The present volume also documents the effect on African opinion of Garvey's indictment on mail-fraud charges in February 1922, in connection with the sale of stock in the Black Star Line. This allowed colonial officials to justify their claim that Garvey had used the UNIA to obtain money fraudulently from Africans. Garvey's arrest in the U.S. thus became an African event, resulting in the resignation of the Lagos UNIA division secretary Ernest Ikoli. Back in the U.S., a severely weakened Garvey was also forced to beat a strategic retreat. Following the dissolution of the Black Star Line Corporation in April 1922, Garvey modified the UNIA's previous militant stand by seeking external sources of support to buttress the organization's faltering resources, thereby diluting its appeal as the symbol of racial autonomy.
By early 1922, the question of Africa began to be subordinated to Garvey's search for white allies. The first intimation of this political shift came on 13 February 1922---two days before Garvey's indictment in New York---when Garvey publicly praised Mississippi state senator T. S. McCallum's resolution urging the U.S. Congress to acquire land in Africa for "the founding of a national home for the American Negro" as the solution to America's race problem. (The McCallum resolution was passed by the Mississippi state senate on 20 February 1922.) Garvey's African redemption program was thus realigned to coincide with the philosophy of the white American Colonization Society; this ideological shift was underscored by Garvey's 25 June meeting with Ku Klux Klan leader Edward Young Clarke in Atlanta, Georgia, a gesture reminiscent of the "Southernizing" strategy that conservative black politicians advocated after the collapse of Reconstruction in the late 1870s.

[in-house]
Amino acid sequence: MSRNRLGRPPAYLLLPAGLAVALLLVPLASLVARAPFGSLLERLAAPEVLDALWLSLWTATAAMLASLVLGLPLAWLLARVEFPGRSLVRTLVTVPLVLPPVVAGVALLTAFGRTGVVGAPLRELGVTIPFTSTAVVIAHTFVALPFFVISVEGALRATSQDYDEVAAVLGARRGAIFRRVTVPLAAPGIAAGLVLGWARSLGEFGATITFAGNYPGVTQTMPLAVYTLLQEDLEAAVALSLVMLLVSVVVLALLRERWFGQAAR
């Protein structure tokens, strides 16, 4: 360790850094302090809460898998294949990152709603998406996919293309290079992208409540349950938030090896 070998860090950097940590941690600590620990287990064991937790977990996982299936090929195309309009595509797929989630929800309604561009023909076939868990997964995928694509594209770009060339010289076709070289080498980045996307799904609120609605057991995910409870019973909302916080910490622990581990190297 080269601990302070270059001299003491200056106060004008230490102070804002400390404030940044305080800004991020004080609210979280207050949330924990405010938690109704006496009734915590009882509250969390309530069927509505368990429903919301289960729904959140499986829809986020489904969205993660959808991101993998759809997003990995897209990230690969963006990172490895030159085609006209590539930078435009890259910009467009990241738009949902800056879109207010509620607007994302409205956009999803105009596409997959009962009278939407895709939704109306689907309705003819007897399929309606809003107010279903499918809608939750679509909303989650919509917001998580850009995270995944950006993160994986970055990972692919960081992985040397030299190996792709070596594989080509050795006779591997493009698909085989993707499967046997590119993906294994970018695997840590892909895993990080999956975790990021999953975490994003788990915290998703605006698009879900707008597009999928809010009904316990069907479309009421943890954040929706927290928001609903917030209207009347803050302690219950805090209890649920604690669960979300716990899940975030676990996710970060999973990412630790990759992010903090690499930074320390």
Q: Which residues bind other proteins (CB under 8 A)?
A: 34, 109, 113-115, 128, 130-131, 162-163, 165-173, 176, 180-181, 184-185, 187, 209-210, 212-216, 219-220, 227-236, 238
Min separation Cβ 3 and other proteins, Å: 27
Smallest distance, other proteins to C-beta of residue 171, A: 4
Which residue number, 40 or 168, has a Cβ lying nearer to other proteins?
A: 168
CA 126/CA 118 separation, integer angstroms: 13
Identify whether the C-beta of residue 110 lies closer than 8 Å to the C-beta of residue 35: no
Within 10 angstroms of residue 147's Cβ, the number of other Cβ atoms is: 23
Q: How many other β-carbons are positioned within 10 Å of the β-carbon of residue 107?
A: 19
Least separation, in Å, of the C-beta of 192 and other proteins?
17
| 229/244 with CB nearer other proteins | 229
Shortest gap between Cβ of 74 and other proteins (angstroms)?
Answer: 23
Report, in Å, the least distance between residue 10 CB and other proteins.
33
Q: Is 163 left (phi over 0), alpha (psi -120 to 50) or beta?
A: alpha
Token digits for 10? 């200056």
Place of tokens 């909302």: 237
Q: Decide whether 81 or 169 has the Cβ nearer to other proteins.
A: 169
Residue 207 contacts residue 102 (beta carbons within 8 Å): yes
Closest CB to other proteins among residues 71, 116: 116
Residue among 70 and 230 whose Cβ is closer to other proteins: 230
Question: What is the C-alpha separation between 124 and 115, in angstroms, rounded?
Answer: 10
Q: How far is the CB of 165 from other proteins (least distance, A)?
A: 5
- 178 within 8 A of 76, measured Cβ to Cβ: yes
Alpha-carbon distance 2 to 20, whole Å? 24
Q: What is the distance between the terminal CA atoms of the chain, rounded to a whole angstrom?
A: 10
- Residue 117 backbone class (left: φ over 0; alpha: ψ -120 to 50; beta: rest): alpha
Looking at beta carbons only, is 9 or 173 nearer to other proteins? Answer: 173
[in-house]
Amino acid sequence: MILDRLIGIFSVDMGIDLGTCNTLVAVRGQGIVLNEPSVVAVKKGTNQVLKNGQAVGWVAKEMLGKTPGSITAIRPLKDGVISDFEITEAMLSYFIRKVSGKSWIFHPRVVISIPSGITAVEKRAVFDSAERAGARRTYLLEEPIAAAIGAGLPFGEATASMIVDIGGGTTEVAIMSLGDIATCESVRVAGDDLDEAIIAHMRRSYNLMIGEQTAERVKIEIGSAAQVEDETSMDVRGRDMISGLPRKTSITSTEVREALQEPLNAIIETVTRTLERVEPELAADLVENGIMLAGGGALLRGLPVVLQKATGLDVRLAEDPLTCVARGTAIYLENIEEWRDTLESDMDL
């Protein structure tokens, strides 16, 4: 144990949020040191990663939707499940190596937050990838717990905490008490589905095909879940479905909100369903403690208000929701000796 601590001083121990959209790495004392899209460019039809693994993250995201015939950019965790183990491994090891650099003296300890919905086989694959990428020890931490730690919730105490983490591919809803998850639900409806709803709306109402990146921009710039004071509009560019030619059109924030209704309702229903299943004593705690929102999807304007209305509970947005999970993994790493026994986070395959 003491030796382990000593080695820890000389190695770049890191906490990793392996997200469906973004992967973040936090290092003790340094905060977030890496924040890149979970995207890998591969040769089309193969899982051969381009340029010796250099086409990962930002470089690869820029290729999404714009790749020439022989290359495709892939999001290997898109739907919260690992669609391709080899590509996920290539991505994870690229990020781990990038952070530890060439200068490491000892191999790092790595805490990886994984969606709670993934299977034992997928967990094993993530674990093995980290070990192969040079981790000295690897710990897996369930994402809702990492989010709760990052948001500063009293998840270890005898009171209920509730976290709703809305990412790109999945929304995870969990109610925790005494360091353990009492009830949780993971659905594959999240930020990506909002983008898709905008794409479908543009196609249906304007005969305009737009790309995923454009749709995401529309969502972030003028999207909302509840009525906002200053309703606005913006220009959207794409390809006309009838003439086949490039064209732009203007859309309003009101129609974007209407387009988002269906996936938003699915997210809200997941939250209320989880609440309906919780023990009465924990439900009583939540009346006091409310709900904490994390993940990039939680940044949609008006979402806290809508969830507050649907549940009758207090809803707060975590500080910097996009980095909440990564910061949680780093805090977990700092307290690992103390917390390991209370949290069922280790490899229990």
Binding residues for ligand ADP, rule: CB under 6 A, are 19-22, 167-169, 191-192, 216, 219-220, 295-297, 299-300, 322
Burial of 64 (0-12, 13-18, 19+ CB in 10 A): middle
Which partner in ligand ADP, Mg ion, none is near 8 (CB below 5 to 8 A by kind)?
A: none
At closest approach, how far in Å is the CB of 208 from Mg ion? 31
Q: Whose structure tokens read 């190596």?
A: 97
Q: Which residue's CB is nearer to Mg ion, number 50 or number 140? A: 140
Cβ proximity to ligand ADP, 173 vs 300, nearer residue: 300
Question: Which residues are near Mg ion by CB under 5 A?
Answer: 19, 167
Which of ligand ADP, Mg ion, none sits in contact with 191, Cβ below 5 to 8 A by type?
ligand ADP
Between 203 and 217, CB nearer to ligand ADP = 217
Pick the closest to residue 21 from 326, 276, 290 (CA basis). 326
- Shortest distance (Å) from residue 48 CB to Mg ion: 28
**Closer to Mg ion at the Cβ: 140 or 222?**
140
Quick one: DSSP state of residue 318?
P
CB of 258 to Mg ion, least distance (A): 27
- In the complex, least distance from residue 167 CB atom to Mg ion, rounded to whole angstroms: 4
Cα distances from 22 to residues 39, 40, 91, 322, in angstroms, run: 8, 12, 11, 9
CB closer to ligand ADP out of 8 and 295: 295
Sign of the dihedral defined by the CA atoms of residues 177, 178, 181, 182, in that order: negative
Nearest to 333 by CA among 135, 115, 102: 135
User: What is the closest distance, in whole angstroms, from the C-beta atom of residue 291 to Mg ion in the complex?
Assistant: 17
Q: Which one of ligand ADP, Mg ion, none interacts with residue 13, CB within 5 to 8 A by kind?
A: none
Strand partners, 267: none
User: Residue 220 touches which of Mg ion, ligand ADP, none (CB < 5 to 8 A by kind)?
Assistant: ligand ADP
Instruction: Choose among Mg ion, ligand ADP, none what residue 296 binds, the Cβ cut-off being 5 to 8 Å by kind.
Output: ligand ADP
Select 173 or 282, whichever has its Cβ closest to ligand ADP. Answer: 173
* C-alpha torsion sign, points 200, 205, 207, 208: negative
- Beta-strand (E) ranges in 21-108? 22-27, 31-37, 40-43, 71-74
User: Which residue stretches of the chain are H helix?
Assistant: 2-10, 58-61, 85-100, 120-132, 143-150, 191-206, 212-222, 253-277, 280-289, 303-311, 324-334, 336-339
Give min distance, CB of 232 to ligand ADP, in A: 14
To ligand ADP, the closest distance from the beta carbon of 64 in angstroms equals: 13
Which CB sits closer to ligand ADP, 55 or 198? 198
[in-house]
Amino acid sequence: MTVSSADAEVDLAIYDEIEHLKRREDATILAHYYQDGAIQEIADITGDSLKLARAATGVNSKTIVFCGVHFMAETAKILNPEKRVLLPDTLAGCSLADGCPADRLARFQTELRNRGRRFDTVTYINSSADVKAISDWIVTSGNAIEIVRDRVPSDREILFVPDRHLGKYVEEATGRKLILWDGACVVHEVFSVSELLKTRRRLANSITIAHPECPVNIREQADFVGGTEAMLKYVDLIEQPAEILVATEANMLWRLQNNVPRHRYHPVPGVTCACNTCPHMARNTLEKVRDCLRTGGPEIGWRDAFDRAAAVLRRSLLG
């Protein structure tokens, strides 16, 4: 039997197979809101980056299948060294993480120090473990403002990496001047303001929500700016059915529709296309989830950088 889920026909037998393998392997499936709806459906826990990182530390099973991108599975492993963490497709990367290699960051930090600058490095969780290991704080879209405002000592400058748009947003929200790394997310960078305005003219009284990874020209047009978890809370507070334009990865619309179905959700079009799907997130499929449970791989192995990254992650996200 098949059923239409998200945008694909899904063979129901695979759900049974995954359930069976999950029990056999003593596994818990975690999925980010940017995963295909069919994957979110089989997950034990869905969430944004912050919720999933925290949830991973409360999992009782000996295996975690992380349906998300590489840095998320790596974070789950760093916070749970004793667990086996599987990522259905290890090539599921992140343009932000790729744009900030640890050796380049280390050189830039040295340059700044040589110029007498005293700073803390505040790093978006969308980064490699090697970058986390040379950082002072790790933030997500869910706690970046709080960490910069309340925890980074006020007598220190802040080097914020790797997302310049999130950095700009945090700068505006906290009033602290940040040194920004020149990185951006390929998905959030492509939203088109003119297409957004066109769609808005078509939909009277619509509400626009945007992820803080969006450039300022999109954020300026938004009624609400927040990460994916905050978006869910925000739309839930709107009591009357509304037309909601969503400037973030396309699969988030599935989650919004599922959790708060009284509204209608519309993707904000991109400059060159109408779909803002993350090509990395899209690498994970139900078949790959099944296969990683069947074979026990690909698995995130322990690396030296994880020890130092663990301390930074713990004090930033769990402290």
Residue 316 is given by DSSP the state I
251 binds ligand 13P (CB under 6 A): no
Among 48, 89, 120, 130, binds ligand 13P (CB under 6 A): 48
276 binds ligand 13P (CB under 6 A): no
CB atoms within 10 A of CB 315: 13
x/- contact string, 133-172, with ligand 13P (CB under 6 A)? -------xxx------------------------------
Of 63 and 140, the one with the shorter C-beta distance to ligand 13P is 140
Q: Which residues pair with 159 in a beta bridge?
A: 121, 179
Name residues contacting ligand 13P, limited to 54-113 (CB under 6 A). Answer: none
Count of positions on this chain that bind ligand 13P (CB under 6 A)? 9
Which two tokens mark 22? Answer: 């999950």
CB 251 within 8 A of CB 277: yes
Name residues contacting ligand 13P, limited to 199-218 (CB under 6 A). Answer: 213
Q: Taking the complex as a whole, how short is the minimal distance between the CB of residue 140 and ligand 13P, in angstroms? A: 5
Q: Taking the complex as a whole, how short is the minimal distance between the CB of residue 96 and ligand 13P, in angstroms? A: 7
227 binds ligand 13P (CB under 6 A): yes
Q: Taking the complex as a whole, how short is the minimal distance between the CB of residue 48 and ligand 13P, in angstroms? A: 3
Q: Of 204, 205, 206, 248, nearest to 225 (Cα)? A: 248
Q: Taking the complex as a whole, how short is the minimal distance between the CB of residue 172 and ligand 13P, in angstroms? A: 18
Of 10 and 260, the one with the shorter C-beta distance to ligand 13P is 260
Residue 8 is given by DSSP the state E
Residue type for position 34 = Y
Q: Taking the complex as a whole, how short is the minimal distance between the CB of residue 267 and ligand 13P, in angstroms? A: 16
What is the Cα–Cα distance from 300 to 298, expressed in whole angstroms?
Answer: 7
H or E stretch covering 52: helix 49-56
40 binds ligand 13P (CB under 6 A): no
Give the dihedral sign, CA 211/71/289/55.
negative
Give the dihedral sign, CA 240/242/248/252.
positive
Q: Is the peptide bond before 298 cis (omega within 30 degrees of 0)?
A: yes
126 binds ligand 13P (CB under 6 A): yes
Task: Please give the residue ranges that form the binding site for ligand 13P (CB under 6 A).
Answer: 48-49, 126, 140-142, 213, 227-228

The same shift away from militant self-reliance and toward racial accommodation, with the consequent reduction of the rhetoric of racial oppression, was manifest in Garvey's outreach to European governments with colonies in Africa. In April 1922, Garvey embarked on a letter-writing campaign to invite European foreign ministries to send an official representative to the UNIA's third international convention scheduled for August. It was done in the belief, as Garvey stated in the letter addressed to the Italian government, that "the time is near when the Italian government and its subjects of the Negro race and Negrophiles must arrive at a friendly entente, i.e., at a basis for the formation of an equitable government," and with the hope of "obtaining the cooperation of the Italian Colonial Secretariat concerning the political betterment of those millions who are mute, and who are under Italian domination."
It would appear that the architect of this conciliatory international strategy was the redoubtable Egyptian publicist Dusé Mohamed Ali, former editor of the influential London-based African Times and Orient Review. Ali had moved from England to the U.S. in October 1921; after meeting with Garvey, he was appointed UNIA "foreign secretary" and head of the Negro World 's Africa section in February 1922. Ali's impact on the UNIA was immediate, his stock quickly rising in the eyes of colleagues in the organization's leadership to the point where it was predicted by a U.S. Bureau of Investigation informant, in March 1922, that Ali would soon take control of the organization. Ali also played an active role in sending invitations to several leading African figures, urging them to attend the UNIA's upcoming 1922 convention.